Cricket will not be a casualty in the wake of drastic political change in Afghanistan, assured country's cricket board CEO Hamid Shinwari, saying the Taliban "love" and "support" the game.
Speaking to PTI from Kabul, Shinwari also assured that the members of the national team and their families are safe as the Taliban took over the reins of the country.
Star players including Rashid Khan, Mohammad Nabi and Mujeeb Zadran are playing in the UK in the 'Hundred' tournament.
"Taliban loves cricket. They have supported us since the beginning. They did not interfere in our activities," said Shinwari.
"I don't see any interference and expect support so that our cricket can move forward. We have got an active chairman, I remain CEO until further notice," added the top Afghanistan Cricket Board official
Cricket's rise in the country coincided with Taliban's rule between 1996 and 2001 with many Afghan refugees in neighbouring Pakistan picking up the sport.
"It can be said that cricket flourished during the Taliban era. It is also a fact that many of our players practised in Peshawar and they made the sport mainstream in Afghanistan.
"The good thing is that we are heading towards normalcy. The people have started working. We will resume our office from tomorrow and the national camp which was underway ahead of the Pakistan series in Sri Lanka will also resume after a two-day break with the change in regime," said Shinwari.
Talking about the players safety, he said: "Other than four or five players who are playing overseas the rest are all in Kabul. Like I said, they are safe and doing fine."
The BCCI is also keeping an eye on the developments and is hoping to see participation of Afghan players in the India Premier League.
"It is too early to comment but we are keeping a watch. For us, nothing changes and we expect Rashid and other Afghan players would be part of IPL," a BCCI source told PTI.
Afghanistan are scheduled to play a three-match ODI series against Pakistan in Colombo from September 1.
Shinwari said all their scheduled bilateral series remain on track and all three IPL bound players -- Rashid, Nabi and Mujeeb -- have got NOCs from the board to take part in the cash-rich event ahead of the T20 World Cup.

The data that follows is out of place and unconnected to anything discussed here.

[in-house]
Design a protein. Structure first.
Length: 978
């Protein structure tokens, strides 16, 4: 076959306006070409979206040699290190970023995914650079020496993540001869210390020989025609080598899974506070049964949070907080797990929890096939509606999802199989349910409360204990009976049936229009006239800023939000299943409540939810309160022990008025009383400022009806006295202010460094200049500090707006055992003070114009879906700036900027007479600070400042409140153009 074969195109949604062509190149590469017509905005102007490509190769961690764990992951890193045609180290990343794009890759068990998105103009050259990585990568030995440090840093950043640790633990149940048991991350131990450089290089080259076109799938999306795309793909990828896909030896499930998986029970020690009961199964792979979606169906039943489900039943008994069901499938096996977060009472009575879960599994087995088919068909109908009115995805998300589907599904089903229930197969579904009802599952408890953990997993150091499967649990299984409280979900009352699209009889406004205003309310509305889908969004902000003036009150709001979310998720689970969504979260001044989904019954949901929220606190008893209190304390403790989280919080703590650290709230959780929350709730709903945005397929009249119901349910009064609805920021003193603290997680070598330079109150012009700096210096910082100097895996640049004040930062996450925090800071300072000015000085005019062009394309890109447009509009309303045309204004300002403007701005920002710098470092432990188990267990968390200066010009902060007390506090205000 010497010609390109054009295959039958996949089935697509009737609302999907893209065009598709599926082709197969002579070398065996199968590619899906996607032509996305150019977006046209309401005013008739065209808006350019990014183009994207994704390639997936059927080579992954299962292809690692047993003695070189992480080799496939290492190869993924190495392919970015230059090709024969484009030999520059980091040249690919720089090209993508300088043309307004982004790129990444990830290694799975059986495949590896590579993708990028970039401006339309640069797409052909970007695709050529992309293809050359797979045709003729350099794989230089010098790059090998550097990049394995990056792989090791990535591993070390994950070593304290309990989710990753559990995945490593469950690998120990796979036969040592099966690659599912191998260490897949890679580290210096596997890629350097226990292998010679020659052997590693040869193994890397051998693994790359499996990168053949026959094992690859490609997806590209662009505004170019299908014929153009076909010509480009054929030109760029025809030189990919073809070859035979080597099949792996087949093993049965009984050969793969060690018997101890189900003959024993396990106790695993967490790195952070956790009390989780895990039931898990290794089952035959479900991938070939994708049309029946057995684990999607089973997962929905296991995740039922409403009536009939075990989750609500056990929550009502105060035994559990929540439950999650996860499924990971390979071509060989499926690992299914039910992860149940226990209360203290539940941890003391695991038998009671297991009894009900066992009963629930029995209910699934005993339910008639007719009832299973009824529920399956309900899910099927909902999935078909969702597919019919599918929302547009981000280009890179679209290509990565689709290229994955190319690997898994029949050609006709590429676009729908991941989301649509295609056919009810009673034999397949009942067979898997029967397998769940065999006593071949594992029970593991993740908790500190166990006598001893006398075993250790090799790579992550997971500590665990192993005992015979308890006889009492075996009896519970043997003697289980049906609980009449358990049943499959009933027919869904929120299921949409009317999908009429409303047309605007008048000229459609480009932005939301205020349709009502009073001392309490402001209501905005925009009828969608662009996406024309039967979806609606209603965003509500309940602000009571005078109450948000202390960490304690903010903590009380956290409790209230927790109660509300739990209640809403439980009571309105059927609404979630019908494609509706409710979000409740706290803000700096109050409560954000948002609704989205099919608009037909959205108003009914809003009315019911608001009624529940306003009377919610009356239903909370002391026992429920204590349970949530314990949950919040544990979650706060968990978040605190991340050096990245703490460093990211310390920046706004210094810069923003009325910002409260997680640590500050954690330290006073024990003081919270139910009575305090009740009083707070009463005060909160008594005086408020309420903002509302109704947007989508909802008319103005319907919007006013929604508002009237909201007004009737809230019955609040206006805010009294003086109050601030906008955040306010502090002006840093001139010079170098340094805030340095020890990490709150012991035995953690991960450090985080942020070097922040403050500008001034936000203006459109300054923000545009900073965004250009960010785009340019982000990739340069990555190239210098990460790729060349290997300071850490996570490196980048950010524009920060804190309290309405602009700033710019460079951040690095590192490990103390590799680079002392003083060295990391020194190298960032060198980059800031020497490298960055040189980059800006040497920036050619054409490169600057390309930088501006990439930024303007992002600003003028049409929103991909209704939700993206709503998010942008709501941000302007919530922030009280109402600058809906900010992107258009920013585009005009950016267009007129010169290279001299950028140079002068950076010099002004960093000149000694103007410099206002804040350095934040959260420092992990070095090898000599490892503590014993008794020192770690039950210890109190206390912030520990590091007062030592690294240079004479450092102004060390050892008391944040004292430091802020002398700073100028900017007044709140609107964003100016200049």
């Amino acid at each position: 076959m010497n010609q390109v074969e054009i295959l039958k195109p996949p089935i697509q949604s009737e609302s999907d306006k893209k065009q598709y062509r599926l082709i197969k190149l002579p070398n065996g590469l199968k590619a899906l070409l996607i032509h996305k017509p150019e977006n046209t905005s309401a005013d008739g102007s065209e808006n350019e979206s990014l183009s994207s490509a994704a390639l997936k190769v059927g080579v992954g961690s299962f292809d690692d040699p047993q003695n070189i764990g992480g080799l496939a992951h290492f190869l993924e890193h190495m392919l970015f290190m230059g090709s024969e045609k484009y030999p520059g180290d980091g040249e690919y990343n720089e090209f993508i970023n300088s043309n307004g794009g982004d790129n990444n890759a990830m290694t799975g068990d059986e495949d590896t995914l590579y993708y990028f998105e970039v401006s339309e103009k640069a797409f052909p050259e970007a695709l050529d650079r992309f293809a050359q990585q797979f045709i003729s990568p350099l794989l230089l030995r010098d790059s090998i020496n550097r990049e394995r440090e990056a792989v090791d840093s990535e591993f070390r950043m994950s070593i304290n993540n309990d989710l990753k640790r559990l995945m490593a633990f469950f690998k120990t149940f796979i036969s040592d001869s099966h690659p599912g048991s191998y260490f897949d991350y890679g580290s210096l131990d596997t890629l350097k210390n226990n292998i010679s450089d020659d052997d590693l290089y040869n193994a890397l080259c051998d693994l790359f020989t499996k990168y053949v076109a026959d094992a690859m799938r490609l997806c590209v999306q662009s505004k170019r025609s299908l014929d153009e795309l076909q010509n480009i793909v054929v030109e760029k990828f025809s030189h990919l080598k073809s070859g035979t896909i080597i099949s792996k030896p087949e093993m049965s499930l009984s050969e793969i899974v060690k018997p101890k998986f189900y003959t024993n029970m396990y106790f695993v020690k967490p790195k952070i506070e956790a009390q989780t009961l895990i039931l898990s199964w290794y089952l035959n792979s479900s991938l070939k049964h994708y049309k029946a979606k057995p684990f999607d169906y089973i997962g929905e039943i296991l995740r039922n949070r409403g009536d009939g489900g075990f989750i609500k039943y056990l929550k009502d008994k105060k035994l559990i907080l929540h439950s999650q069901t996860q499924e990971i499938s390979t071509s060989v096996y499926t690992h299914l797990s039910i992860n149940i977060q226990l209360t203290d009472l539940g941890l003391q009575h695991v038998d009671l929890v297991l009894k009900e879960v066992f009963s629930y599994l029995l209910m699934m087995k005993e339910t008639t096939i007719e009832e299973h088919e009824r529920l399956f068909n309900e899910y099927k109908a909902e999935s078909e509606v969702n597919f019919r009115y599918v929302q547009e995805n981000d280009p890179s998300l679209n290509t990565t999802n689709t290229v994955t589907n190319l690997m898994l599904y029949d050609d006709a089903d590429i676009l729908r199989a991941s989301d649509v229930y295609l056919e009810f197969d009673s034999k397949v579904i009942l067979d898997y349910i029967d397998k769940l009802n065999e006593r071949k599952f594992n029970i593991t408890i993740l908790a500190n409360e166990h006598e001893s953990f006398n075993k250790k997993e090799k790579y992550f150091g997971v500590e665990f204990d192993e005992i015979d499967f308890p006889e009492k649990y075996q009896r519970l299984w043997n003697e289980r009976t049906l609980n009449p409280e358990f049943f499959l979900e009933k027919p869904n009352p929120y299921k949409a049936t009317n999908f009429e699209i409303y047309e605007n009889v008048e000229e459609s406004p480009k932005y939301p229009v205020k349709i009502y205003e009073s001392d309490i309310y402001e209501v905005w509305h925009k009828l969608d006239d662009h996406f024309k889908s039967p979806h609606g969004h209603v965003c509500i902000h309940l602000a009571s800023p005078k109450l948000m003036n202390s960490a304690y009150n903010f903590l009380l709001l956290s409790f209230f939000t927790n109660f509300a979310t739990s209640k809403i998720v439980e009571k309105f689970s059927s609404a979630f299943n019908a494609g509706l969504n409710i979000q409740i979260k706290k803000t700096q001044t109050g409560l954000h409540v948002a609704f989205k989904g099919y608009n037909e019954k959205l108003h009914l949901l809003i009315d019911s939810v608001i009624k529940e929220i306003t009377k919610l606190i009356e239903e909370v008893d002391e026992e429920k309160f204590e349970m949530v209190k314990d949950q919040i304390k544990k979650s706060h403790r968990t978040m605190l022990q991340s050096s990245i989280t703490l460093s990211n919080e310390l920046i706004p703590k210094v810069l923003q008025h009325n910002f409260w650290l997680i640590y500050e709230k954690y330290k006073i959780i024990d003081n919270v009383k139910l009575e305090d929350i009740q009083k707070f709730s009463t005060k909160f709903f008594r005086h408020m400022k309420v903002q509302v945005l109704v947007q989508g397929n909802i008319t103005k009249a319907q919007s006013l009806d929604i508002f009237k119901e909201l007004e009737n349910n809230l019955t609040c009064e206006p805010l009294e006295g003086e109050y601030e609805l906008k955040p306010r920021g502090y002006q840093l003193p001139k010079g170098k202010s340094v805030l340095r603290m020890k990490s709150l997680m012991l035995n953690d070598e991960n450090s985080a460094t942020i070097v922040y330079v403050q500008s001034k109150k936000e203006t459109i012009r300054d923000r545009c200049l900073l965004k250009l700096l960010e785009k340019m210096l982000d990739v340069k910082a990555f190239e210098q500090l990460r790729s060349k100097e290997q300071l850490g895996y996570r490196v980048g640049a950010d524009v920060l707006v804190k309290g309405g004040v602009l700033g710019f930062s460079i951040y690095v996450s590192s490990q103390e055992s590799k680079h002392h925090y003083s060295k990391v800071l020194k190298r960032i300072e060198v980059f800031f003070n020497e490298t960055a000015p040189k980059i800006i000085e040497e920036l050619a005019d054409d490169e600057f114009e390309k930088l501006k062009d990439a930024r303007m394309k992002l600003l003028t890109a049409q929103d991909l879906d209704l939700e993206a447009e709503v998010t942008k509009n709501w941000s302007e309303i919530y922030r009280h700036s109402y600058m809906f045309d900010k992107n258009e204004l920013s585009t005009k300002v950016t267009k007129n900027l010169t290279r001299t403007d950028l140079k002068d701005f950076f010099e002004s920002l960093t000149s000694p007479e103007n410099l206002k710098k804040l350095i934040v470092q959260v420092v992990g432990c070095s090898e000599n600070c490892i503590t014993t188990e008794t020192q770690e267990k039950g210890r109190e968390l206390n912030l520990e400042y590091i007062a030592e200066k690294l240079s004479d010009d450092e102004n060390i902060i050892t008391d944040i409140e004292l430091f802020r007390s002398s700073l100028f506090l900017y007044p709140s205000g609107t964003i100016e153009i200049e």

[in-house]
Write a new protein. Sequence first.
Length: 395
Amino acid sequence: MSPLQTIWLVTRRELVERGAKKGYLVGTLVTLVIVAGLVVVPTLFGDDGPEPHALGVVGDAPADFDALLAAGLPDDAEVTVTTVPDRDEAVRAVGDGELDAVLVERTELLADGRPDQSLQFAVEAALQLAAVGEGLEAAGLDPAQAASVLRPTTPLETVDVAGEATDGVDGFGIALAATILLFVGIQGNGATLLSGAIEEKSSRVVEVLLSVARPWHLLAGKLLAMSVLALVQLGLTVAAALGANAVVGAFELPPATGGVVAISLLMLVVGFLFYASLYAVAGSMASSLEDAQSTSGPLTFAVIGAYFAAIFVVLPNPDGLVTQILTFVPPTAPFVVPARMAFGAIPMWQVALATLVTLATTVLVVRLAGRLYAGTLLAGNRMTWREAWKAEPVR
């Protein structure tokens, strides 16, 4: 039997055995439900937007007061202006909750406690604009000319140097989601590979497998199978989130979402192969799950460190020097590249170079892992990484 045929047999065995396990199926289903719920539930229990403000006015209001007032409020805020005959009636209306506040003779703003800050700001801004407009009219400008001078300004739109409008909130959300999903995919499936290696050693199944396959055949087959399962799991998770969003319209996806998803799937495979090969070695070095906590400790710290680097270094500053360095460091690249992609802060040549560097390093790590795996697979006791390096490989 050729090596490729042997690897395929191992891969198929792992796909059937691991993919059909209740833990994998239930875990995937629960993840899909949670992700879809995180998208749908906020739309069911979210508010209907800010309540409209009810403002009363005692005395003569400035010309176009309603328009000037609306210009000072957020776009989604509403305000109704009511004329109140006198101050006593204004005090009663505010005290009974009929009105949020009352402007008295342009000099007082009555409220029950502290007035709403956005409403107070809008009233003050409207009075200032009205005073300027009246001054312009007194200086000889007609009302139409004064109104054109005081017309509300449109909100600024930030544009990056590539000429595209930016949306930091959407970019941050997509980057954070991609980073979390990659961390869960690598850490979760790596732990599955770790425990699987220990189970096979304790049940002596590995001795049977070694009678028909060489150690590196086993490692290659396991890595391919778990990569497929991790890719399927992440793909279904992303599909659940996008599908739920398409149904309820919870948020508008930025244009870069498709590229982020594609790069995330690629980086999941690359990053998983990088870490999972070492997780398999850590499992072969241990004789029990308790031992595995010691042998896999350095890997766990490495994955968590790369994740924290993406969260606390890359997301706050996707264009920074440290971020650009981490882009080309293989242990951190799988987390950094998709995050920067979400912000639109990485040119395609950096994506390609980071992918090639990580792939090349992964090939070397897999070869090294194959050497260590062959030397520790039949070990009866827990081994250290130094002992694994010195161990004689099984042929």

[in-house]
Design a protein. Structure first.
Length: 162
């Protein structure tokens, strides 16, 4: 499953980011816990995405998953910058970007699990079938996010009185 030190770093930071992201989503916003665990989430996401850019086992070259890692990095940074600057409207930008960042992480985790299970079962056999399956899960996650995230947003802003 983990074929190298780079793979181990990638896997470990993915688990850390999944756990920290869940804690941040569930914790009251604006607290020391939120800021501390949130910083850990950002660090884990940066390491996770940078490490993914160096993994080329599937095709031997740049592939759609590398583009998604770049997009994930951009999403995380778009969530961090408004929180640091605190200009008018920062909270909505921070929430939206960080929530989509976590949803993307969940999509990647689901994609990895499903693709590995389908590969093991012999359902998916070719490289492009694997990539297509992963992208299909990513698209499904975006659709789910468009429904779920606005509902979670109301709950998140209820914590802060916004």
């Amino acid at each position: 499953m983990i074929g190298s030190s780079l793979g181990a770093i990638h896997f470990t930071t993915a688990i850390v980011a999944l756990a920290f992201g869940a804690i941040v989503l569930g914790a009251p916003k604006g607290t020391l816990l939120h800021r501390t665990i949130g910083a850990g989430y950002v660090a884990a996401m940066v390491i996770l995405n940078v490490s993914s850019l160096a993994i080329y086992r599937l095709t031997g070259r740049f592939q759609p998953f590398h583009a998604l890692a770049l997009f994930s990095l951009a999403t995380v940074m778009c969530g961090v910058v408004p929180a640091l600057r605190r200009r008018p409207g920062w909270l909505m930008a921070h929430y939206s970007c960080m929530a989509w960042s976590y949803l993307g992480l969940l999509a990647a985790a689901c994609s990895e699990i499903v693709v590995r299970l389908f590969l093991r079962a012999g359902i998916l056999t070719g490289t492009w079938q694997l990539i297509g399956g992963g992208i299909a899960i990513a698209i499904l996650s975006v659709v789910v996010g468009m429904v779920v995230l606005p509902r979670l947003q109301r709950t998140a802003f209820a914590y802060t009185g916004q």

"We don't see any cricketing activity suffering with the change of regime," said Shinwari.
Former England batsman Kevin Pietersen, who is involved with the 'Hundred' event in the UK, said Rashid is naturally worried about the situation back home.
"We had a long chat here on the boundary talking about it and he's worried. He can't get his family out of Afghanistan and there's a lot of things happening for him." Pietrsen told Sky Sports.
"For him to turn up and put on a performance like this under the pressure that he is currently under... for him to be able to forget that stuff and navigate his story and continue the momentum that he has - I think that's probably one of the most heart-warming stories of this Hundred so far."
Asadullah Khan, who resigned as Afghanistan chief selector earlier this month, also thinks that cricket will not be a casualty under the Taliban rule.
"I personally have gone to the areas where Taliban ruled. They really liked the game. So, from that point of view it should not be an issue.
"Too much political intervention in cricket has affected the sport negatively over the past 24 months and that needs to change," Khan said referring to the frequent administrative changes in the board and leadership of the national team.
Shinwari added that he hopes major cricketing powers including BCCI play with them more often, providing a big push to their finances and over health of the game in the country.
"We want to establish regular bilateral cricket ties with all cricketing giants including BCCI which has always been there for us," he added.